34 percent of students report struggles with anxiety

In a survey of 260 CFHS students, 25 percent, or one in four, acknowledged having an anxiety related disorder that had been diagnosed by a medical professional, and 76 percent of students said they knew someone with an anxiety related disorder. That’s three in four.

These numbers compare with national statistics provided by the American Psychological Association,  which reports 18 percent of people today are affected by anxiety related disorders.

According to the Diagnostic and Statistical Manual of Mental Disorders, “Anxiety disorders include disorders that share features of excessive fear and anxiety and related behavioral disturbances. Fear is the emotional response to real or perceived imminent threat, whereas anxiety is anticipation of future threat.”

School counselor Chris Wood described anxiety as, “any point when you lose control of your emotion or you lose control of a situation or feel that you don’t have control of how you’re reacting to something that’s happening to you.”

There are a number of different anxiety related disorders. The most common include generalized anxiety disorder, panic disorder, agoraphobia, social phobia and other specific phobias. These disorders manifest themselves in many different ways. Some people experience panic or anxiety attacks while others experience constant worry and dread. Some are unable to speak in social situations while others find themselves almost too overwhelmed to leave their homes.

However, feelings of anxiety are completely different than anxiety disorders. Melissa Rogers, AP and Intro to Psychology teacher, clearly described the difference: “When it stops being just the feeling of anxiousness and possibly anxiety is when it becomes something that’s in the way of normal functioning. We use the acronym M-U-D-A when talking about mental disorders. Is it something that’s Maladaptive, Unjustifiable, Disturbing and Atypical? I would say that would still hold true for the difference between feeling anxious and having anxiety.”

Many people suffer from panic attacks as well. According to the same survey, over fifty percent of those surveyed say they have experienced a panic attack. The DSM-V describes panic attacks as, “an abrupt surge of intense fear or intense discomfort that reaches a peak within minutes.” Panic attacks include any number of symptoms, including but not limited to: palpitations, sweating, trembling, shortness of breath, chest pain, nausea, feeling dizzy, chills, derealization (feelings of unreality) or depersonalization (being detached from oneself), fear of losing control or “going crazy,” and fear of dying. These events can be particularly stressful and leave the subject feeling completely drained, physically and emotionally.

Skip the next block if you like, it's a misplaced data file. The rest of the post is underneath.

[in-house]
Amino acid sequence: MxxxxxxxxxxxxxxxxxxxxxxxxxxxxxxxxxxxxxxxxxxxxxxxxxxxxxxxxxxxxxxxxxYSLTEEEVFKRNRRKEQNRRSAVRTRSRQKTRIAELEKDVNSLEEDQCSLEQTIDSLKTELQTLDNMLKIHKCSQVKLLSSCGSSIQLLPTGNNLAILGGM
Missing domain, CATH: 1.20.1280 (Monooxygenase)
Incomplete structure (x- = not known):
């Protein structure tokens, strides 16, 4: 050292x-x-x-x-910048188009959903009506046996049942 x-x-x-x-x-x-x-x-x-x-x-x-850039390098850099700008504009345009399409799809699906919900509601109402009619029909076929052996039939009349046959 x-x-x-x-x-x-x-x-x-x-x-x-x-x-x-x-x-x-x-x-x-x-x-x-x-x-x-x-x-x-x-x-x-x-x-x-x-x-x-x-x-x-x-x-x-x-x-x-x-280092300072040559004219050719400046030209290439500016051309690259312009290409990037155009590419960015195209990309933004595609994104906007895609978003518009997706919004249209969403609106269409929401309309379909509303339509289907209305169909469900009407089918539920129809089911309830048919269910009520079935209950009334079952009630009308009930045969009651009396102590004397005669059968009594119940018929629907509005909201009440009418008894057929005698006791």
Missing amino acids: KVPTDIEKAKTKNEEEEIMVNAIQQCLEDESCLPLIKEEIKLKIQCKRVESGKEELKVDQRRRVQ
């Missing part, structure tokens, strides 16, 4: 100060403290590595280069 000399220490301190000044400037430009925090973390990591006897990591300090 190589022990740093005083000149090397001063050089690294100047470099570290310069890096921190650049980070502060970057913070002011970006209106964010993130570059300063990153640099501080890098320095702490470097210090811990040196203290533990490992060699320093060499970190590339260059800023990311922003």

Wood described a number of coping mechanisms that specifically benefit those suffering from chronic anxiety. Breathing techniques, meditation, mindfulness training, exercise and a healthy diet are just a few tools one can use to reduce anxiety. He suggests seeking help from a school counselor or medical professional, as they can provide helpful insight and suggest useful coping mechanisms: “If you don’t even have the coping skills to know what it means to be resilient, there’s no possible way you can handle your anxiety. So you have to be able to learn those skills so you can become resilient. We have to give you the skills and the tools to become resilient, or you have to learn those skills and tools for yourself to become resilient.” Even just talking about issues with a counselor, therapist or psychiatrist can be an immense help for many struggling with anxiety.

For some, cognitive therapy isn’t enough. Many are prescribed medications by medical professionals to help correct the imbalance of neurotransmitters in their brains. According to Rogers, this is nothing to be ashamed of. “Don’t be afraid to see your doctor if medication is necessary,” she said. “There shouldn’t be a stigma involving that. You have something that’s not working properly on a level that you have no control over, and that needs to be fixed.”

For those who become aware that they may be suffering from an anxiety related disorder, the best thing they can do for themselves is seek help. Amy Denholm, school counselor, said a trusted teacher is a great place to start. “A lot of times our teachers are great resources for building that relationship, and a student feels more comfortable starting off with a teacher, saying, ‘Hey, I’m just feeling really overwhelmed. I’m feeling really anxious. I’m feeling kind of out of control within myself,’ and then that teacher may refer them or encourage them to talk to [a school counselor,] and we can talk to the student.”

Denholm’s bottom line for those with any questions or suspicions about their own anxious tendencies is “Ask. Talk to someone.”

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